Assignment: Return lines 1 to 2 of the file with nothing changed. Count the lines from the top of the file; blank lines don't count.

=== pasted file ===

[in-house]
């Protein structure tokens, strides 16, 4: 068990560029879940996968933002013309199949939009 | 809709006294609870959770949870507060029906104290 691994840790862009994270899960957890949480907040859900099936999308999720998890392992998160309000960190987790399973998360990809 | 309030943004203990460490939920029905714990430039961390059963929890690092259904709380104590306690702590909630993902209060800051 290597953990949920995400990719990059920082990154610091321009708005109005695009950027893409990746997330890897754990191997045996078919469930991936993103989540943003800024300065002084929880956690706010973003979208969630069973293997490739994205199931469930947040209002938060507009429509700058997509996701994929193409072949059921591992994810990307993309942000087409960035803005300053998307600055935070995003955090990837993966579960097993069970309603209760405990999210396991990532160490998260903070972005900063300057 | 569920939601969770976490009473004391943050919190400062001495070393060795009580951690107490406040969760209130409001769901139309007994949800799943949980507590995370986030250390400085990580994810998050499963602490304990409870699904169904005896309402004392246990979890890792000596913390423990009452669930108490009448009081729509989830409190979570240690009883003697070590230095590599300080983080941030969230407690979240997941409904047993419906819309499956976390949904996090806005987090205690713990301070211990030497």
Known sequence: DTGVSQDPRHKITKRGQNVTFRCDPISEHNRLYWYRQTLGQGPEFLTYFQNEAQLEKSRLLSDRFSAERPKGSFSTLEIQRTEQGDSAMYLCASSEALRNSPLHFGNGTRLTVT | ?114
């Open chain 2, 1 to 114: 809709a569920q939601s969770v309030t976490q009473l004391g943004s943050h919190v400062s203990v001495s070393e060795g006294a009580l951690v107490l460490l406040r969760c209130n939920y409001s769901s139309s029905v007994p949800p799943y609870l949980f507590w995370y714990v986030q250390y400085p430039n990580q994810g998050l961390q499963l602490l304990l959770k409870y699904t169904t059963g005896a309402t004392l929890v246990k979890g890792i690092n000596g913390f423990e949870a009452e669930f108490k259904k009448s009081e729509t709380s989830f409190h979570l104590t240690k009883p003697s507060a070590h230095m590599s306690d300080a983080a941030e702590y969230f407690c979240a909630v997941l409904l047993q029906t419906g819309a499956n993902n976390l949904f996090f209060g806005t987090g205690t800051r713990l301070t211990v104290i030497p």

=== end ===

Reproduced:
[in-house]
């Protein structure tokens, strides 16, 4: 068990560029879940996968933002013309199949939009 | 809709006294609870959770949870507060029906104290 691994840790862009994270899960957890949480907040859900099936999308999720998890392992998160309000960190987790399973998360990809 | 309030943004203990460490939920029905714990430039961390059963929890690092259904709380104590306690702590909630993902209060800051 290597953990949920995400990719990059920082990154610091321009708005109005695009950027893409990746997330890897754990191997045996078919469930991936993103989540943003800024300065002084929880956690706010973003979208969630069973293997490739994205199931469930947040209002938060507009429509700058997509996701994929193409072949059921591992994810990307993309942000087409960035803005300053998307600055935070995003955090990837993966579960097993069970309603209760405990999210396991990532160490998260903070972005900063300057 | 569920939601969770976490009473004391943050919190400062001495070393060795009580951690107490406040969760209130409001769901139309007994949800799943949980507590995370986030250390400085990580994810998050499963602490304990409870699904169904005896309402004392246990979890890792000596913390423990009452669930108490009448009081729509989830409190979570240690009883003697070590230095590599300080983080941030969230407690979240997941409904047993419906819309499956976390949904996090806005987090205690713990301070211990030497």